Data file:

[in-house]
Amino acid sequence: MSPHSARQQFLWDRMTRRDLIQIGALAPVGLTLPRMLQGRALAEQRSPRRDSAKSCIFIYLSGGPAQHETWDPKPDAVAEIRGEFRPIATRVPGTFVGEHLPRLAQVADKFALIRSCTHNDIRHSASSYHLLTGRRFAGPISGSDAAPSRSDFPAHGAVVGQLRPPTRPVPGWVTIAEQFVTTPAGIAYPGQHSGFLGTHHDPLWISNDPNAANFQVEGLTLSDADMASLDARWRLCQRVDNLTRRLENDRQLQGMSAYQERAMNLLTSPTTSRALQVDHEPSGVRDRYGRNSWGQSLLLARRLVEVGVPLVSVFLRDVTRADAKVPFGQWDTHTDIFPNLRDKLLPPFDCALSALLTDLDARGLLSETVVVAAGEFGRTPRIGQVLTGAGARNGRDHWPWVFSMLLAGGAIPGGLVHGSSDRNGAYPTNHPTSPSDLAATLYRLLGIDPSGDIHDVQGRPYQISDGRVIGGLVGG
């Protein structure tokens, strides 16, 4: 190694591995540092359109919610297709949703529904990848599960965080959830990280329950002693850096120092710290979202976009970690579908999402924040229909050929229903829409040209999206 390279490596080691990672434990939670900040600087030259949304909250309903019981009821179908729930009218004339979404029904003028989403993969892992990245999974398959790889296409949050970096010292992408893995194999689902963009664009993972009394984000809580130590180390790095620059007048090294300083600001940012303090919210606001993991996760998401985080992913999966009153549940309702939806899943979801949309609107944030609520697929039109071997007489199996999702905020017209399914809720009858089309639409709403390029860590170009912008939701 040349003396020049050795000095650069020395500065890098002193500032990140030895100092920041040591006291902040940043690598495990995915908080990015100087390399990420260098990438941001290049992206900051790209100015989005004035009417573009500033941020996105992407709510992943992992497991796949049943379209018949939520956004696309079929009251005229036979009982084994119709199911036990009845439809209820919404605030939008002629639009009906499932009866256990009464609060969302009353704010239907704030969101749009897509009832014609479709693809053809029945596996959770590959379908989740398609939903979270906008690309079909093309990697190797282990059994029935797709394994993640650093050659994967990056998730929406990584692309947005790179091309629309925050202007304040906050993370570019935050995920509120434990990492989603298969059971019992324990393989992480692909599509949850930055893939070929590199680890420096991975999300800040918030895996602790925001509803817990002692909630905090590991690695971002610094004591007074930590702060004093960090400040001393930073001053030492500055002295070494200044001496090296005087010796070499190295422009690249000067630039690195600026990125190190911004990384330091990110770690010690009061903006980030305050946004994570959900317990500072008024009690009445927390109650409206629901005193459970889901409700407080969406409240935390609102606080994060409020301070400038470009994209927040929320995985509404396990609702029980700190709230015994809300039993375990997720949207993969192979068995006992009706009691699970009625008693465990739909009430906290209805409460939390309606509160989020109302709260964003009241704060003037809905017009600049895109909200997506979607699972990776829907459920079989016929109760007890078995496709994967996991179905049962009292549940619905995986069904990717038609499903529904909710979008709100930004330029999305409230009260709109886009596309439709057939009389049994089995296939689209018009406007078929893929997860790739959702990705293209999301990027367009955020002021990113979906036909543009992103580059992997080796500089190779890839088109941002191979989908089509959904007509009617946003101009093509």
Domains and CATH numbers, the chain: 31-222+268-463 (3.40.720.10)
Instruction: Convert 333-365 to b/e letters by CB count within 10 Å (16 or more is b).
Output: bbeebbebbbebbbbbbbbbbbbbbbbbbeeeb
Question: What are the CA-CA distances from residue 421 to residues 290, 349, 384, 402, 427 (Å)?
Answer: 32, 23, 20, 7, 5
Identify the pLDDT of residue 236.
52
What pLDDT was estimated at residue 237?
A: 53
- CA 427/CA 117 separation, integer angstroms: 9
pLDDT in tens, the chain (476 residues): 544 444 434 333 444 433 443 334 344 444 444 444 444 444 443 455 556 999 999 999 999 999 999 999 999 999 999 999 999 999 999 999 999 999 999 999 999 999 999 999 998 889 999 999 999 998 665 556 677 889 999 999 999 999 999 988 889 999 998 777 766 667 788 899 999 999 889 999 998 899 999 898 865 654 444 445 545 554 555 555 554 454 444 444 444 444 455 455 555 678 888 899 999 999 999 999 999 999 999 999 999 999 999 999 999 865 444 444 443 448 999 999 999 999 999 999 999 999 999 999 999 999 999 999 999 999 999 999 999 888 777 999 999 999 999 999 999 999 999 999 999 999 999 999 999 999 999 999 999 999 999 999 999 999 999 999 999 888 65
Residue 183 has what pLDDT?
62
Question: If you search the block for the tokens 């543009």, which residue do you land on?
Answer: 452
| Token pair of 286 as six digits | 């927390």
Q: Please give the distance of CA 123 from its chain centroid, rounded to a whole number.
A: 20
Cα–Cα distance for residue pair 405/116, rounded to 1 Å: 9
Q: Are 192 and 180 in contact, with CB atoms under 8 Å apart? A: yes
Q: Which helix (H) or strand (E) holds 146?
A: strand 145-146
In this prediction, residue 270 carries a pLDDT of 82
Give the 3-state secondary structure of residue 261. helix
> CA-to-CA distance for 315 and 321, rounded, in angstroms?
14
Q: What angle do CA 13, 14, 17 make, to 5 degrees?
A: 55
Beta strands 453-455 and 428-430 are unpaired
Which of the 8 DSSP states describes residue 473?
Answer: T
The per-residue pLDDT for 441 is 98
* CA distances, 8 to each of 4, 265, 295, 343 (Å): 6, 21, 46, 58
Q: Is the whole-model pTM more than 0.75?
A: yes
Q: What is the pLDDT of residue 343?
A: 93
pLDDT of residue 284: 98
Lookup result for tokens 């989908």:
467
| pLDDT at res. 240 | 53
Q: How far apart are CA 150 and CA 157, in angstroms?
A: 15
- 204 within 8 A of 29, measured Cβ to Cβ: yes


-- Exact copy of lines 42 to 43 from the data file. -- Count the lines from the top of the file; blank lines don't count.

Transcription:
Lookup result for tokens 């989908």:
467